What the future looks like with Somalia’s $800 million energy plan

Von

With blood and Iron will we reach the fatherland
http://www.geeskaafrika.com/18296/future-looks-like-somalias-800-million-energy-plan/

MOGADISHU (HAN) May 5. 2016. Public Diplomacy & Regional Security News. Somalia is quietly rewriting its story with an energy plan to light thousands of homes and businesses at a cost about half the size of its economy.

The Horn of Africa nation, plagued by a war past, suffers a biting shortage of electricity. The sluggish repair or modernisation of power plants and transmission lines that were destroyed in civil clashes has not improved the situation.

Somalia’s power bills are among the most expensive in the world, dampening the prospect of attracting capital inflows from investors as stability makes a return into the country. Mogadishu relies heavily on costlier electricity from diesel generators with almost lack of alternative power sources.

The country has now developed a 10-year energy plan staggered up to 2025 to revamp the sector at a cost of US$ 803 million, or about half its gross domestic product (GDP).

A portion of the cash will go towards developing a large pool of skills in the sector through training alongside rollout of alternative cooking solutions from charcoal use.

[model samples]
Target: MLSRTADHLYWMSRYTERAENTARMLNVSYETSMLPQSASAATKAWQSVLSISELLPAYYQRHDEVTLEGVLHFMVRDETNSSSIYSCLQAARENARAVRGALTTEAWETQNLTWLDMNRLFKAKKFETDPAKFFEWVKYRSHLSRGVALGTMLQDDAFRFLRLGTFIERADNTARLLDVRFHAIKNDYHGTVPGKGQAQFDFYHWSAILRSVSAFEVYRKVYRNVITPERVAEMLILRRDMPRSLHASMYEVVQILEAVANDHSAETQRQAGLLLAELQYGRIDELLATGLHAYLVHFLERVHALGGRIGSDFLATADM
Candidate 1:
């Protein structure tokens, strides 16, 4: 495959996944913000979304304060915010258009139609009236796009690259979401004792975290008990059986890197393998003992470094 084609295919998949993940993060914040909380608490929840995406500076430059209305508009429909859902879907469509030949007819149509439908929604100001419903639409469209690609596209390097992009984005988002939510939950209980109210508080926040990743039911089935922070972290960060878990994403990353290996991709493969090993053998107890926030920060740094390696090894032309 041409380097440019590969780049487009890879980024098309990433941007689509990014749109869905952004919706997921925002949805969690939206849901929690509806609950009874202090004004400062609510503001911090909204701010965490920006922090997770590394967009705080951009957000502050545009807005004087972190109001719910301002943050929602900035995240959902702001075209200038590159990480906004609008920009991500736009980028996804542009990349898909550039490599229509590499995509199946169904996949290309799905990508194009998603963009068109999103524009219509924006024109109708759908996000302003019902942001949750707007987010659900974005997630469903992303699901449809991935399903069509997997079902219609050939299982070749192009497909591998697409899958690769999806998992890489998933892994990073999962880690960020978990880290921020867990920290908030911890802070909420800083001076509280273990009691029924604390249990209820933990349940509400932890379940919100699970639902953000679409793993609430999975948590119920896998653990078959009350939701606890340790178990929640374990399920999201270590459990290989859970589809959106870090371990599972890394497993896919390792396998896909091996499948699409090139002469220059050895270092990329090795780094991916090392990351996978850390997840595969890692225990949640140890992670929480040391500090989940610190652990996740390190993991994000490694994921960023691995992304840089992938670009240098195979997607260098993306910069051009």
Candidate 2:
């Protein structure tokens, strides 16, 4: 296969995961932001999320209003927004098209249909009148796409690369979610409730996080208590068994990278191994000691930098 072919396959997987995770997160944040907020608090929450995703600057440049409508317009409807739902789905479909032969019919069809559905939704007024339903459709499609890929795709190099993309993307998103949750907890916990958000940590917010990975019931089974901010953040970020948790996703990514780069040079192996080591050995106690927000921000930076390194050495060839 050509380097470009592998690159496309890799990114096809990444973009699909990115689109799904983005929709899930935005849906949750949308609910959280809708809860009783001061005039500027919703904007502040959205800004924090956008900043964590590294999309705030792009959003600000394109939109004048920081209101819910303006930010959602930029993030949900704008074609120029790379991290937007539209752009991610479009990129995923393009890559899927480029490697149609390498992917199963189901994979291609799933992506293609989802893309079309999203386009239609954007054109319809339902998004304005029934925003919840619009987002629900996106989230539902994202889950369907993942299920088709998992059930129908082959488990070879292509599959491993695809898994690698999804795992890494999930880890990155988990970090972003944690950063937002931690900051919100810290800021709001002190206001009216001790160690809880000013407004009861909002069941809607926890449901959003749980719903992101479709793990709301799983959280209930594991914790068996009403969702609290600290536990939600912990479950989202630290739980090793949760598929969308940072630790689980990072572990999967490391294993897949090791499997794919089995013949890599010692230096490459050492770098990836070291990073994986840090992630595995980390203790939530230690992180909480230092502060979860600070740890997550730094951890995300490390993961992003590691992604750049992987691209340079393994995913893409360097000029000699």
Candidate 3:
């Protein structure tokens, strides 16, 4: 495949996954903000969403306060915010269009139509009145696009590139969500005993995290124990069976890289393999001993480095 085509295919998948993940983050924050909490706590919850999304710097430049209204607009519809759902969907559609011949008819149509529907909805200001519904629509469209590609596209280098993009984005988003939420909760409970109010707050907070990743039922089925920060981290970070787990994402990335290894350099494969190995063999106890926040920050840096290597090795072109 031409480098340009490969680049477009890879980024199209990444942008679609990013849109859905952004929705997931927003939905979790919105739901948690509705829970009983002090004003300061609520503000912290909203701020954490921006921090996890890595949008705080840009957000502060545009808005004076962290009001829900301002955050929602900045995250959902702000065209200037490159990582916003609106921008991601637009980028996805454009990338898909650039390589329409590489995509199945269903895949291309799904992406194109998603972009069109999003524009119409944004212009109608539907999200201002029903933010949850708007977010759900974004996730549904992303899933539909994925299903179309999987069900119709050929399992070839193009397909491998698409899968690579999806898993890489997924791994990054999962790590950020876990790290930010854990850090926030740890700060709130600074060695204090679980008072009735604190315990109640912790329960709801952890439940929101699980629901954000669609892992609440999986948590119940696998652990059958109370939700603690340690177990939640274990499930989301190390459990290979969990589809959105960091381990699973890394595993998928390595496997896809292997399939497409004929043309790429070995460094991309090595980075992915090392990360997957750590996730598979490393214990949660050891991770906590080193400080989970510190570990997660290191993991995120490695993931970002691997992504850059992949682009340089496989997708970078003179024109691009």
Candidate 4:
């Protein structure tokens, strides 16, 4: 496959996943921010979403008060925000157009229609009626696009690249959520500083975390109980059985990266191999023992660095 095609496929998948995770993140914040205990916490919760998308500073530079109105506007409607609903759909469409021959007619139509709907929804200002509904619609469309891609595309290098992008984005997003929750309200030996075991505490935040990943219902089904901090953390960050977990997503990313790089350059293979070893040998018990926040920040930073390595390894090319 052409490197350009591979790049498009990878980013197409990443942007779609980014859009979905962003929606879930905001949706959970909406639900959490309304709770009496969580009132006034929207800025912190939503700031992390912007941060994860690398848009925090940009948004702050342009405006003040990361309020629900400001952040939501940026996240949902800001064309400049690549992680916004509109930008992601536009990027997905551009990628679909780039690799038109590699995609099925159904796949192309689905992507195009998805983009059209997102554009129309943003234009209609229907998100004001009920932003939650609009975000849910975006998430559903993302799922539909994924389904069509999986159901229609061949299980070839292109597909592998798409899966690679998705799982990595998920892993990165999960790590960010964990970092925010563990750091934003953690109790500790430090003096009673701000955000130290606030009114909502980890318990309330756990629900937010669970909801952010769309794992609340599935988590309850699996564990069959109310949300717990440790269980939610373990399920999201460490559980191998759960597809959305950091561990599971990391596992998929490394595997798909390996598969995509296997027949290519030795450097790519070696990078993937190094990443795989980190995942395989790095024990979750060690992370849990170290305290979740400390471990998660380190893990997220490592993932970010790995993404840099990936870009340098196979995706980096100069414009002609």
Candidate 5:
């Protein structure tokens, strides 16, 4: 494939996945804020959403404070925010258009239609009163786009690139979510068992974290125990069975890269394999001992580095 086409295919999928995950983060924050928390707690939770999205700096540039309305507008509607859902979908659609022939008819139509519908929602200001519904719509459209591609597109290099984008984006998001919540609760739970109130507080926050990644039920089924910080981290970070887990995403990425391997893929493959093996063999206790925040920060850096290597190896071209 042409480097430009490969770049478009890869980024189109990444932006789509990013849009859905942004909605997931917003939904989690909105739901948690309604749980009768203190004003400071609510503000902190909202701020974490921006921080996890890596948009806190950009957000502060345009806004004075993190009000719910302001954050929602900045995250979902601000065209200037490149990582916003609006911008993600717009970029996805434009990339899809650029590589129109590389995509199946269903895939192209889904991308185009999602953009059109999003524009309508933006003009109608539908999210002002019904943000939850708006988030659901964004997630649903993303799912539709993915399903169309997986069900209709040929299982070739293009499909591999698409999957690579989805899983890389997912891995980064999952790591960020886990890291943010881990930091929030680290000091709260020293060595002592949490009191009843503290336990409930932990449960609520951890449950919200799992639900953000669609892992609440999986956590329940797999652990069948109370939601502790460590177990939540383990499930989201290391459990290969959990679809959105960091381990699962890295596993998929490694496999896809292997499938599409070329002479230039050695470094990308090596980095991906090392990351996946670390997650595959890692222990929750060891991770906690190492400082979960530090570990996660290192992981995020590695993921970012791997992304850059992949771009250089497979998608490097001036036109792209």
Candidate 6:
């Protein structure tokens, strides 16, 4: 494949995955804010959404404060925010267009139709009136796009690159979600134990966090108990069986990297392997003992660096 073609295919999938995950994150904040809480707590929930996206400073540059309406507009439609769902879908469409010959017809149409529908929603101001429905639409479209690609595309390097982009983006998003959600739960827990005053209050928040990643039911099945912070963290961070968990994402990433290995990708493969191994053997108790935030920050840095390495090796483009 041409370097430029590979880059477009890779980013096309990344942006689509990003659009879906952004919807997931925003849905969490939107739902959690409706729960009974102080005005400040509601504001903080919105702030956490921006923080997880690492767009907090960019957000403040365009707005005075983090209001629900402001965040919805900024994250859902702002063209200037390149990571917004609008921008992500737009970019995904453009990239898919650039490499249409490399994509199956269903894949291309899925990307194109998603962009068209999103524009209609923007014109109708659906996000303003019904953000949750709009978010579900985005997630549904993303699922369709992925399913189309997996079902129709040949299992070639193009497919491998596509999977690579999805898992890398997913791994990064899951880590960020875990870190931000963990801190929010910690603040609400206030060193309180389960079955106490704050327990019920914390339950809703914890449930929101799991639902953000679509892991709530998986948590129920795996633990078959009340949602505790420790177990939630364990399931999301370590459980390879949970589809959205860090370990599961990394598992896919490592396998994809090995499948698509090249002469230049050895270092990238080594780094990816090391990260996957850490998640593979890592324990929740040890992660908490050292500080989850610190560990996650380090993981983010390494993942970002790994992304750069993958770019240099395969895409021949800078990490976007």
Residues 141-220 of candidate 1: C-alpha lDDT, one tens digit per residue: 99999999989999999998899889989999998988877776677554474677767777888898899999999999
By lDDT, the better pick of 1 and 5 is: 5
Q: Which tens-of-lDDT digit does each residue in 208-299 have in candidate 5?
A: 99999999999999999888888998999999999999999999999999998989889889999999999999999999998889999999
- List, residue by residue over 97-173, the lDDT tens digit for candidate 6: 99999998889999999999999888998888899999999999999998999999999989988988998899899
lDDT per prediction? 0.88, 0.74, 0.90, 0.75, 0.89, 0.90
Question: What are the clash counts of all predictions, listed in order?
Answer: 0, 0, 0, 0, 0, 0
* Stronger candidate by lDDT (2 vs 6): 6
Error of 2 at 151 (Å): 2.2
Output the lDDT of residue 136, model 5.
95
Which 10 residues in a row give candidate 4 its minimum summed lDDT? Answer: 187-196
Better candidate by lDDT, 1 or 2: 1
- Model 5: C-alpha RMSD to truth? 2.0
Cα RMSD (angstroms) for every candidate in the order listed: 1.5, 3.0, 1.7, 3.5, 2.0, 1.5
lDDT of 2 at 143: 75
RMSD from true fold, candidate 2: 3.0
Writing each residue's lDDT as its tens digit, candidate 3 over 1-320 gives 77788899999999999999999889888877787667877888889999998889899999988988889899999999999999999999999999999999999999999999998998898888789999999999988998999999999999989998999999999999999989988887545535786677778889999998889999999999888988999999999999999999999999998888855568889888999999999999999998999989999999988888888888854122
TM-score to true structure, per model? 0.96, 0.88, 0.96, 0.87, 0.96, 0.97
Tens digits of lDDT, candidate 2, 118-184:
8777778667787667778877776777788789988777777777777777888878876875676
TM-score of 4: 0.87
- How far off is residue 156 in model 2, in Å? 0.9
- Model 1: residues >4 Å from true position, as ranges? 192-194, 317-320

If the plan is implemented, Somalia’s installed power capacity will grow from the current 85 megawatts (MW) to 285 megawatts by diversifying its energy mix to include solar and wind farms that will potentially lead to a massive economic growth.

Increased power supply at cheaper rates look set to brighten the future of Mogadishu, given that blackouts have been a heavy millstone weighing down the economy of the estimated 12.3 million people.

“Electricity supply has suffered from over two decades of neglect, including absence of investments due to widespread insecurity and disappearance of public resources and public oversight (rule of law),” the AfDB says in a report on Somalia.

Somali homes on average spend about 30 per cent of their incomes on energy needs, highlighting the central role of the utility in people’s welfare.